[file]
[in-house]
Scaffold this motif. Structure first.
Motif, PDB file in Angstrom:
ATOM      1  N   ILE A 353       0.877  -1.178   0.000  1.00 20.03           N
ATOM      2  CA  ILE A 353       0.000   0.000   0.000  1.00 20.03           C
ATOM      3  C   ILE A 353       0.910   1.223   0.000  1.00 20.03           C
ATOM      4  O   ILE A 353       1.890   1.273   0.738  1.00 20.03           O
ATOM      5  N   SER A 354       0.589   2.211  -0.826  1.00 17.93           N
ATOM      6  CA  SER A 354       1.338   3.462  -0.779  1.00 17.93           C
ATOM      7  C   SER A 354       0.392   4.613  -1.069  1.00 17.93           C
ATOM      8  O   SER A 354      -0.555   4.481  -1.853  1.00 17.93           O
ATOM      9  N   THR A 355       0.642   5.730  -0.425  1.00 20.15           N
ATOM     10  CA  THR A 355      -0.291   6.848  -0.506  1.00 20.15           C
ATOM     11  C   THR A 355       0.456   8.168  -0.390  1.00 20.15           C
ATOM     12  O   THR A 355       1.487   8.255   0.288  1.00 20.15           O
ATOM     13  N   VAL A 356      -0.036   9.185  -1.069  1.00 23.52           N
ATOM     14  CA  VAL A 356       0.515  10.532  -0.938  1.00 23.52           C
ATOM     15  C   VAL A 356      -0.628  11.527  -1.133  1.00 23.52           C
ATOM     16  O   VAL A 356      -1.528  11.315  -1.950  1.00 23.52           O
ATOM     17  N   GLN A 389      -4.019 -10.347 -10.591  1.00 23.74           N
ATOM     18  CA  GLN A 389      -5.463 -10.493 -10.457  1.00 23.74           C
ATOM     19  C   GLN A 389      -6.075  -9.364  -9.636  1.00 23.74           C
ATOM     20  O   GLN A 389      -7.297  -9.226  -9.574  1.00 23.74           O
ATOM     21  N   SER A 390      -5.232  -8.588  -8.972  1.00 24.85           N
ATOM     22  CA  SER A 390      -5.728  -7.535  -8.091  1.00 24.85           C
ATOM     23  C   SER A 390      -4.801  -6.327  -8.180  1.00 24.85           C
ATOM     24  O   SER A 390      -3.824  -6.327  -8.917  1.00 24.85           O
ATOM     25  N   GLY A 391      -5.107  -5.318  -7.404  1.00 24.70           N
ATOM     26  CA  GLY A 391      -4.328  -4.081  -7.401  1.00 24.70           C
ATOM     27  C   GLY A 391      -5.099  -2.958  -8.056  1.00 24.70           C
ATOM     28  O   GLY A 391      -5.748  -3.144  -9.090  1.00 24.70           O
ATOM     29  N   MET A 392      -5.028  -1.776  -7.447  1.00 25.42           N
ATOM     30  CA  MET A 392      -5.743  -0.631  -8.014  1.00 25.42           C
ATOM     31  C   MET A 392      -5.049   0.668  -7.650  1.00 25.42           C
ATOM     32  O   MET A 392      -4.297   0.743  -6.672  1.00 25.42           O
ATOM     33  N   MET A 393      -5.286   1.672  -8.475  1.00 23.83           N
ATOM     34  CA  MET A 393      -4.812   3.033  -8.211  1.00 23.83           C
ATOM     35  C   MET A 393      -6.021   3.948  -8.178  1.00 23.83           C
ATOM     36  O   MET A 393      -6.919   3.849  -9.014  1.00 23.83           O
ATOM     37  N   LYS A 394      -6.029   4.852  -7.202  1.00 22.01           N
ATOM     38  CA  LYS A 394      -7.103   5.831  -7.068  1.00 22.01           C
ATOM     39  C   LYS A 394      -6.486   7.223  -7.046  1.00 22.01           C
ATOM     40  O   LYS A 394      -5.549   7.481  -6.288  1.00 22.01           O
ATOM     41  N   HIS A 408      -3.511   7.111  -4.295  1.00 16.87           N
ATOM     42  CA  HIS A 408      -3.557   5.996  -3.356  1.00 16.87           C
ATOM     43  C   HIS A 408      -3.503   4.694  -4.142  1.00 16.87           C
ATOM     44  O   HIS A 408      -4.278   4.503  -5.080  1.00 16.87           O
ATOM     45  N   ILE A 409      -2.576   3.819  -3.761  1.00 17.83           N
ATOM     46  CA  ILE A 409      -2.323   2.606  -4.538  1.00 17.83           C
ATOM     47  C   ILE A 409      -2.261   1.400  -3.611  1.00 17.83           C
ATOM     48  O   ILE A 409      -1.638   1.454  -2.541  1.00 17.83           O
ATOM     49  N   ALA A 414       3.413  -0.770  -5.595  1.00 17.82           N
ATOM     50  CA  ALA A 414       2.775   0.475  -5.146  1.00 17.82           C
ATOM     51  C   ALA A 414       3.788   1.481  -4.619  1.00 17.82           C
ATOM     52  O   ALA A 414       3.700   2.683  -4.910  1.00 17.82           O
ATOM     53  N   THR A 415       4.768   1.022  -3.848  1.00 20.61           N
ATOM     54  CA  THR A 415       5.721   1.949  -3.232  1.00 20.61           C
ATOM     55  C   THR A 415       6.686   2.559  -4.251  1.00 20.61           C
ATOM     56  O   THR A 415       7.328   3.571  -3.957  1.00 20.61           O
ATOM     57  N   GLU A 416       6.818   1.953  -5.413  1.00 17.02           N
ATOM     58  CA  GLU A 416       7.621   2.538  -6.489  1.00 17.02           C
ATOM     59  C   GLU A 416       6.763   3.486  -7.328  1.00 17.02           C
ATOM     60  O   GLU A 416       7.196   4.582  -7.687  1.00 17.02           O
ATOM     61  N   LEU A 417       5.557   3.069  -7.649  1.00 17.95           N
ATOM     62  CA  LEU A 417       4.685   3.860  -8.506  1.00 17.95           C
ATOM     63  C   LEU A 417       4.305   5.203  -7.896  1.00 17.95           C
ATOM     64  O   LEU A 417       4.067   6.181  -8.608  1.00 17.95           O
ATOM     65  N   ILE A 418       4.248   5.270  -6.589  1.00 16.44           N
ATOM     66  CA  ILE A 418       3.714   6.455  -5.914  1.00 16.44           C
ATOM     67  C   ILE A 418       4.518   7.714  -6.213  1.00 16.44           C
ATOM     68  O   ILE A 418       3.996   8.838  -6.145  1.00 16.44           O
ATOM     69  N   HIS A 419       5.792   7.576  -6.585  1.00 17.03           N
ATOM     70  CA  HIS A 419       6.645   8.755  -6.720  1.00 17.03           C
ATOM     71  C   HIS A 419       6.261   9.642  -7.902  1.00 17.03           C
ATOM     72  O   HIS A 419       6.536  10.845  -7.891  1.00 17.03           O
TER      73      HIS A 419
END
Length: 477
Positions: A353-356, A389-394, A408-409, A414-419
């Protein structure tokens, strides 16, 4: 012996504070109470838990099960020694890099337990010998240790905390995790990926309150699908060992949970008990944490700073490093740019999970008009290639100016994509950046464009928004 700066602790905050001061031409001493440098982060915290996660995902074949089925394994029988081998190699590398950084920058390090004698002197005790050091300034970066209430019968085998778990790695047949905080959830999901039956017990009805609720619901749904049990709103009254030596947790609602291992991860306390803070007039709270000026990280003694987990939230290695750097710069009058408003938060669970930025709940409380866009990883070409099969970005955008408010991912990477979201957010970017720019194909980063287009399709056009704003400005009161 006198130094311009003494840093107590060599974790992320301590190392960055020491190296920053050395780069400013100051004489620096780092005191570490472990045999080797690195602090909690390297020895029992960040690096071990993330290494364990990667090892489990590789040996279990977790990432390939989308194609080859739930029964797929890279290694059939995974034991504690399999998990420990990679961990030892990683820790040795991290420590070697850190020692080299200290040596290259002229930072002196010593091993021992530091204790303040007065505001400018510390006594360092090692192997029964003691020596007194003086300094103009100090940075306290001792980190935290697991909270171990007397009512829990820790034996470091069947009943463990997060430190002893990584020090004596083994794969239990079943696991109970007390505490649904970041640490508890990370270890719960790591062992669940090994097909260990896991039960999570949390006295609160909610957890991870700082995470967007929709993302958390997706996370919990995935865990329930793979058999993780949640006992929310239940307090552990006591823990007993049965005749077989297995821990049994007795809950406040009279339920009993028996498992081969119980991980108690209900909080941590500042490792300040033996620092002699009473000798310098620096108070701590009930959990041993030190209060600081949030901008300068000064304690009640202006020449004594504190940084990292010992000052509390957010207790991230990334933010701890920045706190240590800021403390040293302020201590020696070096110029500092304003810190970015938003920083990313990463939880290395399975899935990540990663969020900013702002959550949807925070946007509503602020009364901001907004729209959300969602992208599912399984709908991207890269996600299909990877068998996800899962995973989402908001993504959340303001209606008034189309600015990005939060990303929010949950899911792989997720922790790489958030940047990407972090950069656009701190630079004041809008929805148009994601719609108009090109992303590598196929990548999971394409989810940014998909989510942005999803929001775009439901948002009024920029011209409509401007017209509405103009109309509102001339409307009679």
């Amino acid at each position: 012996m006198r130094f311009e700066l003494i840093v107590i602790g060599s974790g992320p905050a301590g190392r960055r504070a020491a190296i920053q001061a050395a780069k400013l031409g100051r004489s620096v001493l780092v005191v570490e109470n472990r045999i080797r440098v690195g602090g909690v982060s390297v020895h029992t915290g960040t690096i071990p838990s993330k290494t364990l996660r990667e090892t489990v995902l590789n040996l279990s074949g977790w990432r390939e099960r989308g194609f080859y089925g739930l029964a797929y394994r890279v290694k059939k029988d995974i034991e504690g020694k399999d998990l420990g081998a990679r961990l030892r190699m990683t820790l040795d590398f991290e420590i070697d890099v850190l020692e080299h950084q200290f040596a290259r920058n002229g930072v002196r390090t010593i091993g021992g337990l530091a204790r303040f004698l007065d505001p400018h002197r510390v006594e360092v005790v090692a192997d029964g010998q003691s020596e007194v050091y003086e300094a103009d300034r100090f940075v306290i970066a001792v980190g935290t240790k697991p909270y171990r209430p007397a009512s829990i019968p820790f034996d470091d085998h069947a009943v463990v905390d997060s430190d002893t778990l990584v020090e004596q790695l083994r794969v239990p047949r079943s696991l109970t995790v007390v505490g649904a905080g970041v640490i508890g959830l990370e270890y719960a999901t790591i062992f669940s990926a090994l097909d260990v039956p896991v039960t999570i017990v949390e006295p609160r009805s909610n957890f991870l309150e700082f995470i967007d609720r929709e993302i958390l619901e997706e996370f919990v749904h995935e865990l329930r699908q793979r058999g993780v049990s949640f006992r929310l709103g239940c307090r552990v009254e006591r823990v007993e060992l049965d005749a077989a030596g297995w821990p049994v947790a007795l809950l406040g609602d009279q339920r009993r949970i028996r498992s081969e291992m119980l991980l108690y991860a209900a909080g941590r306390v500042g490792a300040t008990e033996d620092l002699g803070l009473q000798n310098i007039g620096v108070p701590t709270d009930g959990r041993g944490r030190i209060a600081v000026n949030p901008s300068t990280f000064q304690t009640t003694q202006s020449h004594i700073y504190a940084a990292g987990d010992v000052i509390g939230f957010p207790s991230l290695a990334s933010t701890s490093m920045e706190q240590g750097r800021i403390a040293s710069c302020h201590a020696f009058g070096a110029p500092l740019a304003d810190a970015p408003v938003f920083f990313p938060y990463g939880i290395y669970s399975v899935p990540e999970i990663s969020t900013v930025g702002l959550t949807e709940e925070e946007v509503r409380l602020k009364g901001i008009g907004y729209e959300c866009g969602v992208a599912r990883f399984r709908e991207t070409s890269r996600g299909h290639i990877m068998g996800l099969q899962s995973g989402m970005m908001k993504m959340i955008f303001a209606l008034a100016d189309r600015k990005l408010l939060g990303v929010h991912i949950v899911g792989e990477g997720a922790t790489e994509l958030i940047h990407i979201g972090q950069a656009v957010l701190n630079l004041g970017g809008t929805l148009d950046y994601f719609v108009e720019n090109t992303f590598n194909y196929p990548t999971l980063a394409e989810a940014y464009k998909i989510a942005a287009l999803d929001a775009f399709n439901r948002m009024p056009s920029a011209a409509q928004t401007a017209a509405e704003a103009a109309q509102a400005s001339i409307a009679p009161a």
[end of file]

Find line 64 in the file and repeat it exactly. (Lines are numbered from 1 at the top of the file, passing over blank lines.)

ATOM     61  N   LEU A 417       5.557   3.069  -7.649  1.00 17.95           N